Douglas, the capital of the Isle of Man, a seaport and favourite watering-place, is so called from its being situated near the junction of two streams - the Dhoo (black) and Glass (gray). It lies on a picturesque bay, on the east side of the island, 75 miles NW. of Liverpool, 46 W. of Barrow, and 94 NE. of Dublin. The old town, on the south-western edge of the bay, presents with its narrow tortuous streets a vivid contrast to the handsome modern terraces and villas which occupy the rising ground beyond, and the ground facing the north of the bay. It possesses an excellent landing pier; another pier and breakwater, constructed of concrete cement blocks, was opened in 1879; the new street and charming promenade following the line of the bay is one of its most agreeable features. Conspicuous in the centre of the crescent of the bay stands Castle Mona, built by the fourth Duke of Athole, but now converted into a first-class hotel and winter gardens. The Tower of Refuge, a picturesque object, occupies a dangerous rock in the southern area of the bay, called Conister, and was erected in 1833 for the safety of shipwrecked mariners. The foundation-stone of an Eiffel tower was laid in 1890, and the Douglas Head Marine Drive opened in 1891. Pop. (1851) 9880; (1901) 19,125.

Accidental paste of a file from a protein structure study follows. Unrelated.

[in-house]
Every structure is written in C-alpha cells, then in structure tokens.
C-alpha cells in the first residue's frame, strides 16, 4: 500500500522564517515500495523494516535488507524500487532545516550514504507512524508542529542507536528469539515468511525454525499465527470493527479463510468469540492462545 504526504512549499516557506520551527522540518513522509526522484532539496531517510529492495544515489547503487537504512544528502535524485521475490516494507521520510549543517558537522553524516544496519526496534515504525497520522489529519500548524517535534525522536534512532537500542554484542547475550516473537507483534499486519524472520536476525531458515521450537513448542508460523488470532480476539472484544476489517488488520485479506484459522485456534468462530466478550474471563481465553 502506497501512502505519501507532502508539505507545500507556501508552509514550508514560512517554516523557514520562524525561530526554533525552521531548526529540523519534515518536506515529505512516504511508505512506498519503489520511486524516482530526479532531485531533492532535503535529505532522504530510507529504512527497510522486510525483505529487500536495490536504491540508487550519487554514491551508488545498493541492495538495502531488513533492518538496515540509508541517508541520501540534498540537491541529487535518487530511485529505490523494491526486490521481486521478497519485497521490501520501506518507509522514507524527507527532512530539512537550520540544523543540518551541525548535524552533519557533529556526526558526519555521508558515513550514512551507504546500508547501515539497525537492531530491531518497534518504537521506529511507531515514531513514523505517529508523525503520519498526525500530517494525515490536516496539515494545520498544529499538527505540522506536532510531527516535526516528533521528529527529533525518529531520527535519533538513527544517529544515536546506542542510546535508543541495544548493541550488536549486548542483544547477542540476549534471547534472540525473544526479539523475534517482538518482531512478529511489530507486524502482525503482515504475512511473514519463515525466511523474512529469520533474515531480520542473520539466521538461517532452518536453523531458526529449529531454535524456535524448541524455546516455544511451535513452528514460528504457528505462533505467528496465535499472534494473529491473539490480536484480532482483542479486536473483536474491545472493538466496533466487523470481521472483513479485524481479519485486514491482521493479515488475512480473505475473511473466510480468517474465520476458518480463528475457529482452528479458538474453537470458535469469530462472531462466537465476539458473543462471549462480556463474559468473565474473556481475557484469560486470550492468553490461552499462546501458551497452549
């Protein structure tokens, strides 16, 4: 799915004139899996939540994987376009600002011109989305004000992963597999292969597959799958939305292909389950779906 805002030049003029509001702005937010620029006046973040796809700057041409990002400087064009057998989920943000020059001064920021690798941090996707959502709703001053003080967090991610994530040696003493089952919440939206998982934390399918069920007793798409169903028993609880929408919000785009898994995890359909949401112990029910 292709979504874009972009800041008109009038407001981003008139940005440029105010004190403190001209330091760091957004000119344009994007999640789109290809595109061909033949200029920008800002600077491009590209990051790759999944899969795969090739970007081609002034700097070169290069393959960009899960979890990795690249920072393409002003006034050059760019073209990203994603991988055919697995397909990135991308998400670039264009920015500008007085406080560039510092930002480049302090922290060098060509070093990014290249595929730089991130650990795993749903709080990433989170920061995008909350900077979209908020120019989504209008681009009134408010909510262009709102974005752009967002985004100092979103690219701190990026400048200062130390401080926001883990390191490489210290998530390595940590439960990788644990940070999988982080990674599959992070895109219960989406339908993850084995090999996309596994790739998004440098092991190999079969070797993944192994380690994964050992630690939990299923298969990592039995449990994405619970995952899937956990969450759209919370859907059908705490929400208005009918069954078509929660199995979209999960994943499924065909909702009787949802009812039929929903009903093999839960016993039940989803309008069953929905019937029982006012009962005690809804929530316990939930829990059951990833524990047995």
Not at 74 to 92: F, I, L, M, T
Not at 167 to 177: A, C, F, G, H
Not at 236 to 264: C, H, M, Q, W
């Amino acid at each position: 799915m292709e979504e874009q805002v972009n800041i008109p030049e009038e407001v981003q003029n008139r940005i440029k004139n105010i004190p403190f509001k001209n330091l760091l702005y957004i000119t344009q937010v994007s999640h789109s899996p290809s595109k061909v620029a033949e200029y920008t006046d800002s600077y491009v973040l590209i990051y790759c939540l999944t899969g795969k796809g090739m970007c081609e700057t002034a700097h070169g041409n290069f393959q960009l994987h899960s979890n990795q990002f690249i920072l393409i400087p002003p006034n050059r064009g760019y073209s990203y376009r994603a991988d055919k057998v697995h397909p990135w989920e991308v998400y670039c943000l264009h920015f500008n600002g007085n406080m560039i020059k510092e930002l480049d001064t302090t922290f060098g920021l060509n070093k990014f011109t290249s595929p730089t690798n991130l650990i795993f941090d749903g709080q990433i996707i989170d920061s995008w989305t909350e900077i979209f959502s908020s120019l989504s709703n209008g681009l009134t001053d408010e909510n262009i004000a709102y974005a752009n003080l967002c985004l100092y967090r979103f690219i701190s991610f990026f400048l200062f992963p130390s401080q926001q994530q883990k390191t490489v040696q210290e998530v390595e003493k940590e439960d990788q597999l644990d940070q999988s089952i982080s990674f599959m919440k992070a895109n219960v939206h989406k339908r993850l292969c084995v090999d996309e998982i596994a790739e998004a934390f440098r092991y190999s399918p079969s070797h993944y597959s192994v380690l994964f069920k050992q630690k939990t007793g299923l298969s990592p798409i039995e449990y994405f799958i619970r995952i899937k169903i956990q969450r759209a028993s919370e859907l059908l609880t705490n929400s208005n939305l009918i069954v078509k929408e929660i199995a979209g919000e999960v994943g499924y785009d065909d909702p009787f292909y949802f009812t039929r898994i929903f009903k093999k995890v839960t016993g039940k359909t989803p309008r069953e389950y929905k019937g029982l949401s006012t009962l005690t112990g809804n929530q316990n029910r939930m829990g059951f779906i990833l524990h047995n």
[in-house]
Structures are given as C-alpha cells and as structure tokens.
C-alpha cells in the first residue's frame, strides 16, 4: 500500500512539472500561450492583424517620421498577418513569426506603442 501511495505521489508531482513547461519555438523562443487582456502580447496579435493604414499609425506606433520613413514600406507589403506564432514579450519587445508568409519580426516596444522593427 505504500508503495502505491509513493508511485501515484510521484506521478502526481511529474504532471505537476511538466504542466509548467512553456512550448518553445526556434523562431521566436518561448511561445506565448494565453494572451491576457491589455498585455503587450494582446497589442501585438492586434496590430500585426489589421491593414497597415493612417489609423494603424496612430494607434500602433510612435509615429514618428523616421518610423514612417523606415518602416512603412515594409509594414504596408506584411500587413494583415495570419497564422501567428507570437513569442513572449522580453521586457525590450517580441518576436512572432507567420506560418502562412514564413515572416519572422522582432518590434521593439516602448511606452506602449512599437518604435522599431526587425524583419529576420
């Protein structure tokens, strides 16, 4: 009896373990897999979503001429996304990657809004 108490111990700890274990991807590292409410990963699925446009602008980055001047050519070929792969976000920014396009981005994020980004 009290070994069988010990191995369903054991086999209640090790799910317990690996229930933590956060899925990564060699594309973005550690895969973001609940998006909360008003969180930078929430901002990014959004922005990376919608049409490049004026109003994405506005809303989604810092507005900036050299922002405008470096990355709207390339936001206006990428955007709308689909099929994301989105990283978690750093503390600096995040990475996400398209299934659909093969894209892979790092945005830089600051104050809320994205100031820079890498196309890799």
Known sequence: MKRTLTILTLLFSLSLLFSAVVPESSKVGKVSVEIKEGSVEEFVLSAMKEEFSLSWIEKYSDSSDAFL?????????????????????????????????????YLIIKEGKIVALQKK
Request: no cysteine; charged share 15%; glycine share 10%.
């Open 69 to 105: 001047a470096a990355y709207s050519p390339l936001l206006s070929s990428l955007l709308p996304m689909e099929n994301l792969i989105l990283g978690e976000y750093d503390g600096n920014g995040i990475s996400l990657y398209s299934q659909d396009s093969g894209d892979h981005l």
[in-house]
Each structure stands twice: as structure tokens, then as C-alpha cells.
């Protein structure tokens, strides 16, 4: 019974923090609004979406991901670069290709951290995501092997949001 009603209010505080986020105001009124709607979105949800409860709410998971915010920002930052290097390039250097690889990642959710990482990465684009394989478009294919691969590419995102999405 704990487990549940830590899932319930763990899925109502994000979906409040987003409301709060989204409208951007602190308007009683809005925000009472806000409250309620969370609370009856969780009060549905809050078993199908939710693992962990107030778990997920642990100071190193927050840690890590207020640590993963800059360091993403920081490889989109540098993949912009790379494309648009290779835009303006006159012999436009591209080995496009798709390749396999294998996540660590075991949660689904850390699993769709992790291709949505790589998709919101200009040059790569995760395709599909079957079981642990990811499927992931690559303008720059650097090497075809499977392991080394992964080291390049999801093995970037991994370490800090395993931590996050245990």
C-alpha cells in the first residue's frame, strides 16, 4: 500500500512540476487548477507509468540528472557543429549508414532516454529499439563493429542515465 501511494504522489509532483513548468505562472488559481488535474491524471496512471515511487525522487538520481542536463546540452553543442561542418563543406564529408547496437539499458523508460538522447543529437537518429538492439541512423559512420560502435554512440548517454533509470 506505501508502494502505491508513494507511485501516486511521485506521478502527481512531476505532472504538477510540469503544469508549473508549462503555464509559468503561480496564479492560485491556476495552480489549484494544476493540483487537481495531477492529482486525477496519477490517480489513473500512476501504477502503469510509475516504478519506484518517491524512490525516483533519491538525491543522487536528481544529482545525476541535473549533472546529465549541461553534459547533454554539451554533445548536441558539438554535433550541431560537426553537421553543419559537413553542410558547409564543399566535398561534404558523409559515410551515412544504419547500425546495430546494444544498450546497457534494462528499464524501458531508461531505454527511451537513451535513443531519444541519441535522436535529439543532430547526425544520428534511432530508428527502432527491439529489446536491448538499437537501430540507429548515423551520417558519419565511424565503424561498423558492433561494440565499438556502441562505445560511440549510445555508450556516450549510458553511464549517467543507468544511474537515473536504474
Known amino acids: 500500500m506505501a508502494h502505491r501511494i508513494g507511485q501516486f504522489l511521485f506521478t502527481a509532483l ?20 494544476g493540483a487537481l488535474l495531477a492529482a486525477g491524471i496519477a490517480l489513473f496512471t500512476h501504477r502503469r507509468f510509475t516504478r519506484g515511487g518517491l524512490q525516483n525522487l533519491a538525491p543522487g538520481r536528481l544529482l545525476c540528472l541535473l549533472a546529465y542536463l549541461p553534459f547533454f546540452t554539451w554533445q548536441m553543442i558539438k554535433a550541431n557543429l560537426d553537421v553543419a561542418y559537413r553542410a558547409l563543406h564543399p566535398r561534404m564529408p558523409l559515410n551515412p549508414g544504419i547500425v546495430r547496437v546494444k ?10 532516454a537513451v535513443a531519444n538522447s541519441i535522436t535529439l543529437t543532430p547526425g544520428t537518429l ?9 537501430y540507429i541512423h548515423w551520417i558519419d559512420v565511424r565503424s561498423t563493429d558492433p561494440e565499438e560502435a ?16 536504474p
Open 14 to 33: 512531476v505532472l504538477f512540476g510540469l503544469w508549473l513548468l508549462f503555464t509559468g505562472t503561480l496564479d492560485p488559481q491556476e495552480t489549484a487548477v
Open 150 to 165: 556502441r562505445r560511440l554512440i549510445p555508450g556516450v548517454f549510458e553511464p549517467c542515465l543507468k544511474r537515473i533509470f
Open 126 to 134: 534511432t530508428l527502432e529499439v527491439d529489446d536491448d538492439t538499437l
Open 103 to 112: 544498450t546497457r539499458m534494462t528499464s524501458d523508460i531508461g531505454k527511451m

Douglas, a decayed town of Lanarkshire, on Douglas Water, 11 miles SSW. of Lanark. Of the old kirk of St Bride, the burial-place of the Douglases till 1761, only the choir and a spire remain. Modern Douglas Castle (Earl of Home), 3/4 mile NNE., is a poor successor to Scott's 'Castle Dangerous,' now represented by little more than a tower. Pop. 1218.